Breaking from annual traditions, the Archbishop of Greece Ieronymos, the President of Greece Prokopis Pavlopoulos and the Prime Minister Alexis Tsipras all stayed away from Epiphany celebrations at the port of Pireaus today, all seeking to distance themselves from the controversial Metropolitan of Piraeus, Seraphim.
All three leaders took part in other locations throughout Athens. It was also the first time that state-run ERT television network didn’t broadcast the event live on Greek national television, showing celebrations from throughout Greece instead.
Blessings take place throughout Greece but it is customary that the “official” blessing of the waters take place at the port, where members of the Greek navy dive into the water to retrieve the cross. This is the first time in recent memory that the Archbishop, President and prime Minister have been absent from the Piraeus celebrations.
Seraphim made international headlines during the Greek parliament’s debate and eventual passing of laws allowing civil unions for same sex couples. He used his pulpit to claim that the United States, Jews, the Rockefellers, George Soros and other “dark forces” were at work, seeking to undermine Greece’s Orthodox Christian heritage.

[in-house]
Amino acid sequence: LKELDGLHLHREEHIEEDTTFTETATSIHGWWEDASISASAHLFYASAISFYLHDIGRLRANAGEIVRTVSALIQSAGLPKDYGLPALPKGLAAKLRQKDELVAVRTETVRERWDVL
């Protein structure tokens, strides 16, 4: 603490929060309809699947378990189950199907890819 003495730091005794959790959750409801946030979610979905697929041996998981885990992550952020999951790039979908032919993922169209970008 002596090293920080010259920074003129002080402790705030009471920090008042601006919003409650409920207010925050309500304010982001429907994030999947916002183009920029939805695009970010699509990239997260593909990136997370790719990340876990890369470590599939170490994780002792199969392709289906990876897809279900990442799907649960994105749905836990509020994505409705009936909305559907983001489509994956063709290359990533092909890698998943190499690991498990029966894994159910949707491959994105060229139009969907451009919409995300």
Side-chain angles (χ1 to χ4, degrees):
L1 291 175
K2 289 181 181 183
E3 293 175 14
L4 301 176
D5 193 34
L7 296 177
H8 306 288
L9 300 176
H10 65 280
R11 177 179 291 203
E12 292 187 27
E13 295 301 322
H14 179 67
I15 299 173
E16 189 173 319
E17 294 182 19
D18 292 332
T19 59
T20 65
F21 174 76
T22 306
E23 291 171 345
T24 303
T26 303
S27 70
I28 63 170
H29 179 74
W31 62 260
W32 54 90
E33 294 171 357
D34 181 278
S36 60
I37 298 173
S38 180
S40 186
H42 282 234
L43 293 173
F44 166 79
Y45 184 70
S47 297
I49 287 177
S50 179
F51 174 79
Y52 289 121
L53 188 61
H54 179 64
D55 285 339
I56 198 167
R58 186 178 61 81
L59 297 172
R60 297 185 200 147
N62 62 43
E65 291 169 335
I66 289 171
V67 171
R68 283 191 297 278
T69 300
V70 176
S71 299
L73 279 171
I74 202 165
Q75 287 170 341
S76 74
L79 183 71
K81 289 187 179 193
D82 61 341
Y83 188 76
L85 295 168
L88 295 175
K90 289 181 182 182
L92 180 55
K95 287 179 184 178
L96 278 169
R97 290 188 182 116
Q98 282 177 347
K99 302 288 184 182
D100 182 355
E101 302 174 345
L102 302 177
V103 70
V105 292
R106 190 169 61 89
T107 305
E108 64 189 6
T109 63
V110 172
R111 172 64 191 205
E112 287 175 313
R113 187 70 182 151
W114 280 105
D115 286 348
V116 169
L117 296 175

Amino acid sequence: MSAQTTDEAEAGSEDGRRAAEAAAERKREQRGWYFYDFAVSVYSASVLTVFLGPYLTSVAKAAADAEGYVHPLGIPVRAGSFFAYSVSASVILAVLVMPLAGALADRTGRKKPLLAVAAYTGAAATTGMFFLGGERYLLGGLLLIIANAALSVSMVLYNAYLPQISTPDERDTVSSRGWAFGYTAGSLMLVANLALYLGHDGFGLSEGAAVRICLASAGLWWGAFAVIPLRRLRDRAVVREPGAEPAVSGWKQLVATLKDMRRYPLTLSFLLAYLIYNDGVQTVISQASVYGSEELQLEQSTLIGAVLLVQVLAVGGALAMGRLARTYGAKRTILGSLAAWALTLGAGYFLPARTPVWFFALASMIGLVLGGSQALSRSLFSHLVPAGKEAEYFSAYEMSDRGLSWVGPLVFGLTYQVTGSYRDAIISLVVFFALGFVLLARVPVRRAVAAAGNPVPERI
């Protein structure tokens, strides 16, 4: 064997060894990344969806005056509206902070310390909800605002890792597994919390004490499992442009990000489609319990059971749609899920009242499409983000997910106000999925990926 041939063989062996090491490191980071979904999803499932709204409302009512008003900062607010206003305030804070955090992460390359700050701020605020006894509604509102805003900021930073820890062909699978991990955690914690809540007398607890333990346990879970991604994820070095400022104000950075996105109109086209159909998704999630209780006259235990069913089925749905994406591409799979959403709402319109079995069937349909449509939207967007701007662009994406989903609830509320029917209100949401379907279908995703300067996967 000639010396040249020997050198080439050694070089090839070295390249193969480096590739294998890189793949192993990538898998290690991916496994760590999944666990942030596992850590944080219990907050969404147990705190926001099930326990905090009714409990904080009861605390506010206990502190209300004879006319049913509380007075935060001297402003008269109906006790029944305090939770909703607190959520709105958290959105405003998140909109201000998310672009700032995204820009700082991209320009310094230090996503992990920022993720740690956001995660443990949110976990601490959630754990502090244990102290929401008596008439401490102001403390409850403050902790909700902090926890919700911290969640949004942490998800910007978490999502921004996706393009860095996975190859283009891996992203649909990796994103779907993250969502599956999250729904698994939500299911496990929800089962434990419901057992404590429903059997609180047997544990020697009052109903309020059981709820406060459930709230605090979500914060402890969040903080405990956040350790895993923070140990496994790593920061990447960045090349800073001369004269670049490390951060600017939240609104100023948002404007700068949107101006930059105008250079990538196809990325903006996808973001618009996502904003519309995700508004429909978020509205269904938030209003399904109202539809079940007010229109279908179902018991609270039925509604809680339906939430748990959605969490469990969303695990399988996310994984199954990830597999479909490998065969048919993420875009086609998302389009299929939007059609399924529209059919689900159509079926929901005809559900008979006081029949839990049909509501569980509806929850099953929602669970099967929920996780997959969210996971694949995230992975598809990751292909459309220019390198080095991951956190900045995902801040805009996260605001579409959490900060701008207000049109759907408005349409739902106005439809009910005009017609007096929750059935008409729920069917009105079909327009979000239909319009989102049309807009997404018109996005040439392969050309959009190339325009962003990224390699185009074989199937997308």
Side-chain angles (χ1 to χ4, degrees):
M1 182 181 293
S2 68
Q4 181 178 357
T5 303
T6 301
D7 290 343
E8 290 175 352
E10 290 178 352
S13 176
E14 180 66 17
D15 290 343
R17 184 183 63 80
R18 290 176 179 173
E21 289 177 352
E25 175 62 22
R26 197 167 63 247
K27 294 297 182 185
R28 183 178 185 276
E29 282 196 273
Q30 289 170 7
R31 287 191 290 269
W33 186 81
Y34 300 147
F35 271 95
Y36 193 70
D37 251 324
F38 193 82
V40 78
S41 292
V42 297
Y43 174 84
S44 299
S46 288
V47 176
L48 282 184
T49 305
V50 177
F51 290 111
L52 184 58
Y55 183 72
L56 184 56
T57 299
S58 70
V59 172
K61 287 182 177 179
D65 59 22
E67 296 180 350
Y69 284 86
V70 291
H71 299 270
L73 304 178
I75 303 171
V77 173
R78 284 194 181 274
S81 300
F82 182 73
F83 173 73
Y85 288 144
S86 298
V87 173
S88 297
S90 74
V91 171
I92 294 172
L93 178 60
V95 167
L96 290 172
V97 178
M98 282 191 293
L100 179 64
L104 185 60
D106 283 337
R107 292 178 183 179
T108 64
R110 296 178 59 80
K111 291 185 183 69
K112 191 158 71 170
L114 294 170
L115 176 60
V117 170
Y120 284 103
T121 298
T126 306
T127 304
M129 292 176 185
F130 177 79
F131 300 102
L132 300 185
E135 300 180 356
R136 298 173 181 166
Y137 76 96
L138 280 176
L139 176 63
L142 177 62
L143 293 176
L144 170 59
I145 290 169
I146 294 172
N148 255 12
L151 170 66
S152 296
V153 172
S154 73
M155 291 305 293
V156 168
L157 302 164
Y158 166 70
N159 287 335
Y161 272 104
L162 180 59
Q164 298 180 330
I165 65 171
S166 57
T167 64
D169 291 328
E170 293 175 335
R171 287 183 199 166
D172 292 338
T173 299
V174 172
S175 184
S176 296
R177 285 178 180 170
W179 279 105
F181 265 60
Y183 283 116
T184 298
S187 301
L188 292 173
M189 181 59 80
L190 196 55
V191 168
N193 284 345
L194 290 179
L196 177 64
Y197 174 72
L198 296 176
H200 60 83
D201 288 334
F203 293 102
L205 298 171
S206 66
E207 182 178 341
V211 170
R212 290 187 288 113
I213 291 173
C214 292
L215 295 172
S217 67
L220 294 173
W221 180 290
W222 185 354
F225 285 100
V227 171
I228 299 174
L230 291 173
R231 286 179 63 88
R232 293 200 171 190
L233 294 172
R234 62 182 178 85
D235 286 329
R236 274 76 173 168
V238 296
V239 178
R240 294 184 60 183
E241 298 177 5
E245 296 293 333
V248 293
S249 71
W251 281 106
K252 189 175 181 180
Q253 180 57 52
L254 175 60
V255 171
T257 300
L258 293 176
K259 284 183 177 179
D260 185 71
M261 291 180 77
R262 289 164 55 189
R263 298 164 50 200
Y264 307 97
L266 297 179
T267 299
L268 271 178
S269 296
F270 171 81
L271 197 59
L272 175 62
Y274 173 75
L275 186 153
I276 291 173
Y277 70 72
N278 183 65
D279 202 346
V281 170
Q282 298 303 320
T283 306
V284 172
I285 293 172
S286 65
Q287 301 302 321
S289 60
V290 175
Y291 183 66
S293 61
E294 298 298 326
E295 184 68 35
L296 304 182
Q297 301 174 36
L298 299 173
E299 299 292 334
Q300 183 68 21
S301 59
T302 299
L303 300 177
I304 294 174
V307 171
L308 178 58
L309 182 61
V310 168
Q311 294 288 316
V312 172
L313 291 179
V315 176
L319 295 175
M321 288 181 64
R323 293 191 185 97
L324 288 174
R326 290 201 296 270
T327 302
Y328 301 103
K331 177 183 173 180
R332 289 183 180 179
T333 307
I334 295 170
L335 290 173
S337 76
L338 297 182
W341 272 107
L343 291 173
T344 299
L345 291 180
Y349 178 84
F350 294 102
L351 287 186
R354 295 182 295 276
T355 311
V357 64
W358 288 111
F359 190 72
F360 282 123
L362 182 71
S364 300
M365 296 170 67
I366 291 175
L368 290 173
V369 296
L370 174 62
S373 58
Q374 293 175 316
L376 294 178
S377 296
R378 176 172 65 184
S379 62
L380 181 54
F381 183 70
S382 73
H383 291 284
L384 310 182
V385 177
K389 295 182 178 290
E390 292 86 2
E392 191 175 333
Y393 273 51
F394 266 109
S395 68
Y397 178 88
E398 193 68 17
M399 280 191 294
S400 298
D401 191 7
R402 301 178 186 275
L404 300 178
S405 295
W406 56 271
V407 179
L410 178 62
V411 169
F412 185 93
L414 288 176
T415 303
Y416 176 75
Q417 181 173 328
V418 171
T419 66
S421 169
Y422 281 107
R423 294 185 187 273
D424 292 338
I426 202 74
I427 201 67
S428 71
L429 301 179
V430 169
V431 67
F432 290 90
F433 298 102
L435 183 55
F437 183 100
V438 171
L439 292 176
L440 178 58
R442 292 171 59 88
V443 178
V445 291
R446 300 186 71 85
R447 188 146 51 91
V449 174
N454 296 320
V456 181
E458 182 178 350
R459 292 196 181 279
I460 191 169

He called the government’s actions “criminal” when the bill was passed and leveled harsh criticism against Tsipras and other politicians who voted for the bill, even announcing on December 16th before the vote that he would cut ties with politicians who voted yes.
According to numerous news sites in Greece, the political leadership of the nation was expected to blink– and attend the events and officials from the Metropolis of Piraeus were waiting for them until the last minutes– even saving spots for them on the dais where dignitaries usually stand for the ceremony. A photographer captured an image of a plastic cart with placards tossed off to the side with the names “President of the Republic,” “Prime Minister” and other political figures who stayed away from Piraeus, opting instead to participate in ceremonies elsewhere in Greece.
Seraphim slammed the political leaders of the country for staying away from the Piraeus celebrations in statements to Greek media.